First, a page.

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Community Solar Will Open New Markets For Greater Energy Production

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In late 2004, the 9-11 Commission published its report on the devastating September 11 terrorist attacks. As a member of the 9-11 Commission, I joined my colleagues in urging that America must begin producing its own energy in much greater amounts so that it would not be hostage to the geopolitics of a region fraught with war, repression, and ethnic and religious grievances

It would have been hypocritical of me while urging this course on my fellow Americans not to practice what I had preached, so I invested in solar energy on my farm in Bucks County, Pennsylvania.

I believe in solar energy and its promise to all of our Pennsylvania citizens. “Clean,” “renewable,” and “abundant” are key words used to describe solar energy. Reflecting on my career in foreign policy and national security, I would add “domestically-produced” to the list.

Pennsylvania is a national leader in domestically-produced energy exports. Next-generation solar technologies will bring even greater economic expansion to our strong and diverse energy portfolio. Clean and renewable energy jobs now account for the greatest portion of job growth in this sector, as illustrated by the 2019 E2 Clean Jobs Pennsylvania report. The report noted that Pennsylvania’s clean energy jobs now stand at more than 90,000 and are growing at an annual rate of 6 percent —a growth rate five times the overall job growth in Pennsylvania.

Seizing the moment, State Rep. Aaron Kaufer (R-Luzerne) joined with State Rep. Donna Bullock (D-Philadelphia) to introduce Community Solar Legislation. Known as HB 531, the bill would allow the installation of solar projects by multiple residents, farmers or business owners on a single property.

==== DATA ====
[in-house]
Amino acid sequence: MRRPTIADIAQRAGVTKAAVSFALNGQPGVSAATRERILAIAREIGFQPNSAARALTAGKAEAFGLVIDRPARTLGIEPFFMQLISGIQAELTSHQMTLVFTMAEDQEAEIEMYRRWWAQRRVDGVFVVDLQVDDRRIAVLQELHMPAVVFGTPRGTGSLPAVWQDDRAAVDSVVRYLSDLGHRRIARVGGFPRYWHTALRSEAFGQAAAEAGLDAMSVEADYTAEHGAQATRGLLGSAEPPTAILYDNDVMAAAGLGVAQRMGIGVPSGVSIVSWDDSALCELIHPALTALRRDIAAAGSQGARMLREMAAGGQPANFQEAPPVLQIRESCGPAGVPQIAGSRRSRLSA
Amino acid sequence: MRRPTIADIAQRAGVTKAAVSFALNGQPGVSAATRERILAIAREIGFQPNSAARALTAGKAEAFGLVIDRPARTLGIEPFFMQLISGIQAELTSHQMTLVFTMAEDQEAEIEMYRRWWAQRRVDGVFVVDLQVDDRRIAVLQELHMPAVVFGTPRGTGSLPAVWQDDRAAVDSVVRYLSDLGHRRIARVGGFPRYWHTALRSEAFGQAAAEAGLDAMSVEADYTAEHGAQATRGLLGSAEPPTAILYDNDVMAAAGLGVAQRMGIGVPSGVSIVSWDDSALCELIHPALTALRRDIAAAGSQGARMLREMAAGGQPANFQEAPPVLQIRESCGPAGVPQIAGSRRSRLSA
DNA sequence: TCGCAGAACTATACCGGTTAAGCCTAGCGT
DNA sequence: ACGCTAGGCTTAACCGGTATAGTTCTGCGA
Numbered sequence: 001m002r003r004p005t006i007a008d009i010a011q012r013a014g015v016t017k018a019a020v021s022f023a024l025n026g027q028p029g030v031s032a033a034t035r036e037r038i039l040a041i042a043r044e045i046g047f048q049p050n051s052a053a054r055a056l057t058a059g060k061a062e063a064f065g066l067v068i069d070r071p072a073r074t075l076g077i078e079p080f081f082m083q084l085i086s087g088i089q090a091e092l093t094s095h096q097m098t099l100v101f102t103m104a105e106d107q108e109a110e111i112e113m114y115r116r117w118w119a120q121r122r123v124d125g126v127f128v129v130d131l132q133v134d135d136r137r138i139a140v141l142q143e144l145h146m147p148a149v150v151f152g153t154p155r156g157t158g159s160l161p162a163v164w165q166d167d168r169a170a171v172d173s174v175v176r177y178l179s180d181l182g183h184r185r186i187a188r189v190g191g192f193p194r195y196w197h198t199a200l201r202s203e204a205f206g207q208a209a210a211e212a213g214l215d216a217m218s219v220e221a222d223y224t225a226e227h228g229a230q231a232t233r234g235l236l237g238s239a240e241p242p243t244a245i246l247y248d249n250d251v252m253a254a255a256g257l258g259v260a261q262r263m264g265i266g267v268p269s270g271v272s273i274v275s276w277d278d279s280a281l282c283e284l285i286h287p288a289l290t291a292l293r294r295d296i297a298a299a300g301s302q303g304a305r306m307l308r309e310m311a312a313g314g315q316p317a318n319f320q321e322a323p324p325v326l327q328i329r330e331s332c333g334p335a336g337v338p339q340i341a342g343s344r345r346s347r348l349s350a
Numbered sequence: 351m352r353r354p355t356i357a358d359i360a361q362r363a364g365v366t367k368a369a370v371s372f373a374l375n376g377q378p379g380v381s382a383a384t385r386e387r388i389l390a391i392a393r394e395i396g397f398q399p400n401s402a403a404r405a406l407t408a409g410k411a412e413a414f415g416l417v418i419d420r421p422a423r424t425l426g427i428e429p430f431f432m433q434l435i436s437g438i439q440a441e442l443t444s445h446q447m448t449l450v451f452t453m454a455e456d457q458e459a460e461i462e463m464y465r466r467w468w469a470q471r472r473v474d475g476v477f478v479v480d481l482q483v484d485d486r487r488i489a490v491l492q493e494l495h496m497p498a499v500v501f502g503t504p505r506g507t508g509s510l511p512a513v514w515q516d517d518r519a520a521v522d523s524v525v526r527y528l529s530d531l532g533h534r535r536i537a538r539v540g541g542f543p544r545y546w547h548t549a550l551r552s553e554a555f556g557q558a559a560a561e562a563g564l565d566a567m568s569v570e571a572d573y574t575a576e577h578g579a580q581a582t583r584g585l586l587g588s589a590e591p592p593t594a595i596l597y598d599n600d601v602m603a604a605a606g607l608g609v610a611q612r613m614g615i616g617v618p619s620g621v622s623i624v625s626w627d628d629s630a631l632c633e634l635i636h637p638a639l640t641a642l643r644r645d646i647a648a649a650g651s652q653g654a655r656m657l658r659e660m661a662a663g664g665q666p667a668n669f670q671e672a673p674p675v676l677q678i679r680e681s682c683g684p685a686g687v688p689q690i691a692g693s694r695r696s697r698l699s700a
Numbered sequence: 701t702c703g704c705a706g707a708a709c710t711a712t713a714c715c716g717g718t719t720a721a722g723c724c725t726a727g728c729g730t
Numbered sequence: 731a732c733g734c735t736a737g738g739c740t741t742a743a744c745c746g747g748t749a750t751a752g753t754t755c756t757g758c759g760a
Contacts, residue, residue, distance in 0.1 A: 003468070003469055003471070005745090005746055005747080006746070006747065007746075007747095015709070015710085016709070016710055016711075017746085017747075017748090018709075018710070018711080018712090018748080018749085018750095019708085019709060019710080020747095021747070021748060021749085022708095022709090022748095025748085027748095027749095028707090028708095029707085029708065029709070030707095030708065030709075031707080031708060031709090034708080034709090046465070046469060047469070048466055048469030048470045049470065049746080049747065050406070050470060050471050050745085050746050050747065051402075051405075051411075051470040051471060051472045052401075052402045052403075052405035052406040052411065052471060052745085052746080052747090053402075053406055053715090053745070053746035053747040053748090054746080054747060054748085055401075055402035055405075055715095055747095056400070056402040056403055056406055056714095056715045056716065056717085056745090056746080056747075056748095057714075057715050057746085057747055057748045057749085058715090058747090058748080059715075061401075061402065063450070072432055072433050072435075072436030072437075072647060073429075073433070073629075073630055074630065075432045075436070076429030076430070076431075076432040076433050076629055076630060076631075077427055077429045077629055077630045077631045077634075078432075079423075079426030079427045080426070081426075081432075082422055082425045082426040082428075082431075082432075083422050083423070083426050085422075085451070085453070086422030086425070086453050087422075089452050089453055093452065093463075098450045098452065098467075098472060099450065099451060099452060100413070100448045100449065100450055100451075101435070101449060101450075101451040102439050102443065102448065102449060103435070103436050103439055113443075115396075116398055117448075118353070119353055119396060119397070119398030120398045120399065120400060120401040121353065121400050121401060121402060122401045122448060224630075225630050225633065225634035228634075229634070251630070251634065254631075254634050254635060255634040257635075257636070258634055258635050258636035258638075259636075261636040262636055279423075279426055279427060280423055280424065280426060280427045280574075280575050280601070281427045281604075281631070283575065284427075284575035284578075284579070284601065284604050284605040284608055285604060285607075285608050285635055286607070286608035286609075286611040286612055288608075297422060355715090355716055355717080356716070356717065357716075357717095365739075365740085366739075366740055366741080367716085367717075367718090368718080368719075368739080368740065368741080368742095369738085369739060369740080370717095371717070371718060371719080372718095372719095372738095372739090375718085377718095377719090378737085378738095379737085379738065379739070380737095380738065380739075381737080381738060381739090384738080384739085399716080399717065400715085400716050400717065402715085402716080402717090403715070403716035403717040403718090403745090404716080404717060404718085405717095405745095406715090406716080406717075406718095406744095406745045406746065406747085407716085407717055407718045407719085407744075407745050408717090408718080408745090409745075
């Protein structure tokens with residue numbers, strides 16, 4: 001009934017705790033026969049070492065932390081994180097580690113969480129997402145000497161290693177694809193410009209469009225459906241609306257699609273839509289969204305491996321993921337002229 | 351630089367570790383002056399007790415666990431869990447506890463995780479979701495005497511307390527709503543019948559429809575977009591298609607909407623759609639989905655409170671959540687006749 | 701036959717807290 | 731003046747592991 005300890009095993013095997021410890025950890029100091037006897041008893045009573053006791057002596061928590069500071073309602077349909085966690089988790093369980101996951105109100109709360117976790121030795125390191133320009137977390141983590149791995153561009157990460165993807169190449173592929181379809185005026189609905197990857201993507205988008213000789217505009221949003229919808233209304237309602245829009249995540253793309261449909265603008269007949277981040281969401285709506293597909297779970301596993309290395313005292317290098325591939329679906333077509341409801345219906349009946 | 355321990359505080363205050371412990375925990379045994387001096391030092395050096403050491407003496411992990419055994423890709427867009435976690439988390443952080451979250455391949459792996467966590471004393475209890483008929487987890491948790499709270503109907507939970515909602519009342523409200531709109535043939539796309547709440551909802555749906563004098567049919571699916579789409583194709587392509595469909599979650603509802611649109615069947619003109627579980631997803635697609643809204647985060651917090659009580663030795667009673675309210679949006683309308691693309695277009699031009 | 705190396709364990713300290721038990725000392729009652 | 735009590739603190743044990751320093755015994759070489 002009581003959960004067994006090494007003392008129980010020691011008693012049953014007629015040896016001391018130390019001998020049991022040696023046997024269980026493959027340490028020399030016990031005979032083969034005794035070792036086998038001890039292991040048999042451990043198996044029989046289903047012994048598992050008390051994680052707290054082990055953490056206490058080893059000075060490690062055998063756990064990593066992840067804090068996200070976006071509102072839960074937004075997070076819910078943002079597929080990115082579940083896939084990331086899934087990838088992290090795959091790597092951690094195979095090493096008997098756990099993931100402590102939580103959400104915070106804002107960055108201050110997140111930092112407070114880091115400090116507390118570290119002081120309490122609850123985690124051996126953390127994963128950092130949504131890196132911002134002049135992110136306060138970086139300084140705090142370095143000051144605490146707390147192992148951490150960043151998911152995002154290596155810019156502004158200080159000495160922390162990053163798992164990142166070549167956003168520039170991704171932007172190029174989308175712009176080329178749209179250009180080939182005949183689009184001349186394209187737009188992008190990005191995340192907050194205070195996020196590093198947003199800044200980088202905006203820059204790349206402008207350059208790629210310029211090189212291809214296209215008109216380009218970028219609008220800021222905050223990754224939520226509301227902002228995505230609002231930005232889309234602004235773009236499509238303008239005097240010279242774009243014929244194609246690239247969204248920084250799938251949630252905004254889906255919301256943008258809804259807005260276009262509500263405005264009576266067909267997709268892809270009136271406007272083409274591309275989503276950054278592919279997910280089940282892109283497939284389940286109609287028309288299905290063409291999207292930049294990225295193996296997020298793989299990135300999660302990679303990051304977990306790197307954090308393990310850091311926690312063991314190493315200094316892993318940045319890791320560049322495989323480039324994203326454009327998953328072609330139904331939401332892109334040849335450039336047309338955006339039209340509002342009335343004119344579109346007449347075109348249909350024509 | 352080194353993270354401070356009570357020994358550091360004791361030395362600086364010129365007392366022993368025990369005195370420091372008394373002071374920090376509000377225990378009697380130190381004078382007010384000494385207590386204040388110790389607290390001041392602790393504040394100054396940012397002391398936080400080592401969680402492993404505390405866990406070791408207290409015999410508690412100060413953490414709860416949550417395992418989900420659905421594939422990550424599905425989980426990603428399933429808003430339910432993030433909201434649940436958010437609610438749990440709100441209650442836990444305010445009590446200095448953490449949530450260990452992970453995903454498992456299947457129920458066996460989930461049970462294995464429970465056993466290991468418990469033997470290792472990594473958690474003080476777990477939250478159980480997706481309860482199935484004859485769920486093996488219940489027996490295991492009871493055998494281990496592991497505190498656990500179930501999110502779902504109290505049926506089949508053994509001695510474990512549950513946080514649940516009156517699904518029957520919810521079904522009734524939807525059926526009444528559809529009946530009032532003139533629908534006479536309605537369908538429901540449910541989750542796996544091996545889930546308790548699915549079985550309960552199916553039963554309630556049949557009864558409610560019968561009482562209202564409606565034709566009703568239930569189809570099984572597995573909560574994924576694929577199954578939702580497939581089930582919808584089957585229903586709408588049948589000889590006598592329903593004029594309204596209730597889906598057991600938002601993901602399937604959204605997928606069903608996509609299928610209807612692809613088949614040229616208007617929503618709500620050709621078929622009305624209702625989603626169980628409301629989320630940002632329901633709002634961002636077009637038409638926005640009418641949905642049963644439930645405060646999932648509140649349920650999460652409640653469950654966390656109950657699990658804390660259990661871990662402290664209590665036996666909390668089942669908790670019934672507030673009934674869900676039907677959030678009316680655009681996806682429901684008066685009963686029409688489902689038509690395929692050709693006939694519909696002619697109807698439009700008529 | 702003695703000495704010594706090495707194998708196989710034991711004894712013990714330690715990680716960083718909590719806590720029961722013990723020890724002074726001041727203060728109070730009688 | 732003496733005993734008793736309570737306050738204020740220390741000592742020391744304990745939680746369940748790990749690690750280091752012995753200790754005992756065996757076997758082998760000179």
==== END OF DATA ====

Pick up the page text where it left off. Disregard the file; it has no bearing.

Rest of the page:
The advantages of allowing groups of citizens to come together and complete a new solar project are many. It would be much easier to install solar arrays. Currently, the rule in Pennsylvania is “one property, one solar project,” but the cost is often too high for individual farmers or residents to develop a project on their own.

Under the legislation, however, individuals could band together to finance each project. So, in the farming context, if one farmer has a ridge line otherwise unusable for growing crops, he or she could form a community solar organization with a group of neighboring farmers. Collectively, they could get a loan for development, like a new low-interest state C-PACE loan available for clean energy projects, and invest in their future as farmers. The impact, over time, would be the reduction or elimination of their utility bills, and even dollars earned from the sale of unused electricity back to the electrical grid.

In the residential context, urban neighborhoods could use rooftop space on single properties to benefit entire blocks. Renters would also qualify for membership in a community solar organization, democratizing access even more. Business properties could band together in a similar fashion, and create a clean energy market district that reduces costs and creates new wealth in a given community.

Pennsylvania has set a goal of achieving 0.5 percent solar generation in the Commonwealth by 2021. It seems like a modest goal, but we still have a ways to go. Community solar projects could help us get there. I would prefer to see a much higher percentage, and investment dollars will lead the way: industry investors are poised to spend upwards of $2 billion on new solar projects in Pennsylvania once the bill passes.

However, if community solar doesn’t pass by June of this year and get to the governor’s desk for a signature, those investment dollars may end up boosting the fortunes of some other industry, in a different part of the world.

All of Pennsylvania stands to benefit from increased job growth and economic development, while helping to protect our national security and increasing citizens’ land rights, which are currently held back by red tape.

Let’s pass community solar, cut the red tape, let landowners get the most from their property, and increase economic growth for all of our citizens. With more solar energy—along with natural gas production—we can continue to increase our domestic supply, and rid ourselves of the need for foreign energy once and for all.

John Lehman served as United States Secretary of the Navy from 1981-1987 under President Reagan, and was a member of the 9/11 Commission. His latest book is OCEANS VENTURED, WINNING THE COLD WAR AT SEA.

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About author
Chad Forcey comes to PennCEF with considerable experience in the world of advocacy. Forcey served the Irrigation Association and the PA Landscape and Nursery Association. He was the personal aide to Governor Mark Sweiker during his tenure in Harrisburg. An articulate spokesperson and seasoned writer, he works to educate, advocate, and engage Pennsylvanians to transition to clean energy in ways that bring jobs to the Commonwealth, make sense economically, protect land rights and guard our national security.
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